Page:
The 140-year-old Bombay Stock Exchange, which moved currency derivatives to its new technology platform on Tuesday with a response time of 200 micro seconds, has taken the fight for the top slot in speed to its competitors.

(One second equals 1,000 milli seconds or 10 lakh micro seconds. Response time or latency is the time taken by the exchange to disseminate price quotes.)

“We are currently providing a response time of one-hundredth of a second and it will become one by 5,000th of a second and in a few years time one by 50,000th of a second. It is significantly faster across exchanges here,” said Ashish Chauhan, CEO, BSE.

This is for the first time that BSE has become several times faster than competition. And in the financial markets, the early bird catches the worm, he said.

It is learnt that the NSE offers a response time of ‘about 200 micro seconds’. It has a capacity to handle over two billion order messages daily and can scale up at very short notice.

According to marketmen, even marginal fluctuations make a difference in trade.

U.K. Sinha, Chairman, SEBI, at an algo conference in Mumbai on Monday, said there is an increasing tendency among people to look for brokers who offer nano and pico second speeds of execution. (one billion nano seconds make a second, and one trillion pico seconds make a second). “Where is this race going to end?” he wondered.

Chauhan said in 1994, trades shifted from the BSE to the NSE because of speed. Internationally too, newer exchanges have taken the lead over older ones which remained slower.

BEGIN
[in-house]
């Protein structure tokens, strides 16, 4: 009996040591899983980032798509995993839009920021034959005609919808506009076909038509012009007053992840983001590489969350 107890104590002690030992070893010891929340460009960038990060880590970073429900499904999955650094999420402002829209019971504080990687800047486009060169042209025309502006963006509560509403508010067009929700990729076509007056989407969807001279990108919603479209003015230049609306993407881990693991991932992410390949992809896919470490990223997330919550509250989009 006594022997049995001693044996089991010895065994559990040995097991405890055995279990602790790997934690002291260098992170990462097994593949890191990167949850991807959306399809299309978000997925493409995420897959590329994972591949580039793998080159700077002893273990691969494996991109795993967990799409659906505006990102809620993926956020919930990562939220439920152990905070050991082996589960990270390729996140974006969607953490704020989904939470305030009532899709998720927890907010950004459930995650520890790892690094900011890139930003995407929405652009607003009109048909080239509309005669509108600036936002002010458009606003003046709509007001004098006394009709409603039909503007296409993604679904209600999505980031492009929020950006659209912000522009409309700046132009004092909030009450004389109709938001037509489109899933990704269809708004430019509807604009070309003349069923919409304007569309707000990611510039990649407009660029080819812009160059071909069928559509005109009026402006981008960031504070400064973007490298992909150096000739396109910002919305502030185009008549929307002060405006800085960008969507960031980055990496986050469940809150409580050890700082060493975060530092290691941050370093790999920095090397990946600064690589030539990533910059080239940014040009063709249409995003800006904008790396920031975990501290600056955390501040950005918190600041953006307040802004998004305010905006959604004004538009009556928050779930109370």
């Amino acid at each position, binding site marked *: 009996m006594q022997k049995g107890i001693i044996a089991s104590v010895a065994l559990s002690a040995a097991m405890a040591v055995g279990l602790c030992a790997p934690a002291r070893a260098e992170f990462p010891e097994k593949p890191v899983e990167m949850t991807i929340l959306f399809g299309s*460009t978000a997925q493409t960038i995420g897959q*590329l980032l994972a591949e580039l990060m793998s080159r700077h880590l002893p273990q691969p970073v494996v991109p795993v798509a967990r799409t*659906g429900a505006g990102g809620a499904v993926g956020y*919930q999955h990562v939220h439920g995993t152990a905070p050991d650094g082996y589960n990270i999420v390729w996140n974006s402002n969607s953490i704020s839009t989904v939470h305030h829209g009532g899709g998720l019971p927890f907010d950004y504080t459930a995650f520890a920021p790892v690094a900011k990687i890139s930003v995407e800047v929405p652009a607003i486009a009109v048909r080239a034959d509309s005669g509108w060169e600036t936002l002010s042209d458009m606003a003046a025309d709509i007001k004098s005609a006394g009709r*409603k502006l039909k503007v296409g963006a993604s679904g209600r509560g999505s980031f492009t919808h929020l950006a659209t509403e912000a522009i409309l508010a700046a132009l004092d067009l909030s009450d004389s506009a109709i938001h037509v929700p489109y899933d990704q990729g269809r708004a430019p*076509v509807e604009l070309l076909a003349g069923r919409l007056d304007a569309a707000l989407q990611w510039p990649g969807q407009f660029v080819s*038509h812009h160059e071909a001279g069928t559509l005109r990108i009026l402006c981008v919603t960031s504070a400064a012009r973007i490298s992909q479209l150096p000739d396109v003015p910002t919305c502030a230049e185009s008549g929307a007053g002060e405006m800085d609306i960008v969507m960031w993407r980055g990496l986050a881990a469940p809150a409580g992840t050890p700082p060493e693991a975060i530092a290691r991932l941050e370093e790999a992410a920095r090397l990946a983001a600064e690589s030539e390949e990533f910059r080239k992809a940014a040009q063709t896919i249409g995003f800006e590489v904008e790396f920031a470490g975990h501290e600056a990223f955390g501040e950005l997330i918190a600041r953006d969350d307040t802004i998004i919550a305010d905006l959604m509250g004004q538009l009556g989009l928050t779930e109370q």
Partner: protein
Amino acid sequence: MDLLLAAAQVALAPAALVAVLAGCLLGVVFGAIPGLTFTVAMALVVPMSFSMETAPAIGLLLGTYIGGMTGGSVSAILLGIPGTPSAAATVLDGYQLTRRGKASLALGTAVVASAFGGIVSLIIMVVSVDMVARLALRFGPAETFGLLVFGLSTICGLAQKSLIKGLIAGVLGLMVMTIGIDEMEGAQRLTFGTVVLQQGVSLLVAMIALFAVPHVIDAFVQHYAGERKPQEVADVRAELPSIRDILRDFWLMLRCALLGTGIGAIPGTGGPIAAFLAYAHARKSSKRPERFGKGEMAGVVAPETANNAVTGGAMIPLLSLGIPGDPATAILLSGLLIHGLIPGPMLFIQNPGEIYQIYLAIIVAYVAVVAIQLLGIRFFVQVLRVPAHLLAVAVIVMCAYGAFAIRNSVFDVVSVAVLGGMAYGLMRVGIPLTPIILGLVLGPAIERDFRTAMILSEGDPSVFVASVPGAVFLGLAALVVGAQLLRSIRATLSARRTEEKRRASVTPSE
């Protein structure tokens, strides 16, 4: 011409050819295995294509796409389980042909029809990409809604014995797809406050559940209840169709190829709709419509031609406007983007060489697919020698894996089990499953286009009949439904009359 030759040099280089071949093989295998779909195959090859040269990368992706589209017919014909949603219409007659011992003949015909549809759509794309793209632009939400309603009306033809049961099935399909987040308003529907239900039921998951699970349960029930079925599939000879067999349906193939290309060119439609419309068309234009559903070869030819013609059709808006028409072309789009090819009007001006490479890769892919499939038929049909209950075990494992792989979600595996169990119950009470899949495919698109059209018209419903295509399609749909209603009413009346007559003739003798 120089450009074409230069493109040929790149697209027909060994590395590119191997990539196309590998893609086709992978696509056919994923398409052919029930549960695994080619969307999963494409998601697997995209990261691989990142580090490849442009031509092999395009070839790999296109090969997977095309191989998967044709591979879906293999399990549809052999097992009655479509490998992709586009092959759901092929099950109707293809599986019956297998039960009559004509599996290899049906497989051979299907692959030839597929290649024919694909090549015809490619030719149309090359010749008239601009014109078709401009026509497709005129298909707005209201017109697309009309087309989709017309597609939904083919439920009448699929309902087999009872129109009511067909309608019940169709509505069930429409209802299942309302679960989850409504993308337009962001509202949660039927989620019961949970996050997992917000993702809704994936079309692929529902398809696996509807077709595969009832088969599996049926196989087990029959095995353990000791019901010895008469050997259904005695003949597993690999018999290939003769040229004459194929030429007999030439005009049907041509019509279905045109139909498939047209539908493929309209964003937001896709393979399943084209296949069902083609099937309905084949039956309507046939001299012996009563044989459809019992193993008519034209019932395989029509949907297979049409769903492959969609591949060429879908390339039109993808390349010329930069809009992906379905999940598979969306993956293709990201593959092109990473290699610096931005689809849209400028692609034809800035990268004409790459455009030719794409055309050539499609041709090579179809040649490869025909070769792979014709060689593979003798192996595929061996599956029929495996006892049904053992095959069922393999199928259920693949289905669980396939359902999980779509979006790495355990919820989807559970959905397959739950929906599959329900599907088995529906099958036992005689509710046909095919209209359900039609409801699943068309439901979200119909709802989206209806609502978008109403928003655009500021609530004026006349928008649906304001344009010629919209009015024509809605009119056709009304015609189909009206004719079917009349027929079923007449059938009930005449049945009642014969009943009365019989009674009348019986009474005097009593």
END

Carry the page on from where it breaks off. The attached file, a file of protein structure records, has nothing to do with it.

BSE has acquired the new technology from German exchange Deutsche Borse, which holds a 5 per cent stake in it. BSE has a revenue sharing agreement with Deutsche Borse to cut the acquisition cost.

Chauhan said the new system can handle 5 lakh orders a second.

On the importance of speed, he said it was like a 100-metre dash in the Olympics. Earlier, it was measured in two decimals and now it has gone to the fourth decimal.

Moreover, with algo traders providing 90 per cent of orders, they move where speed is. In algo trading, programmed software responds to market movements at phenomenal speeds across multiple destinations. The programmes are designed to capitalise on the slightest price movements. And given the large volume of trades being done, split second differences turn losses to gains and vice versa.

Chauhan said BSE started the currency derivatives in December 2013 and in 45-50 days garnered 18-20 per cent market share. In February, BSE’s equity derivatives will move to the new platform.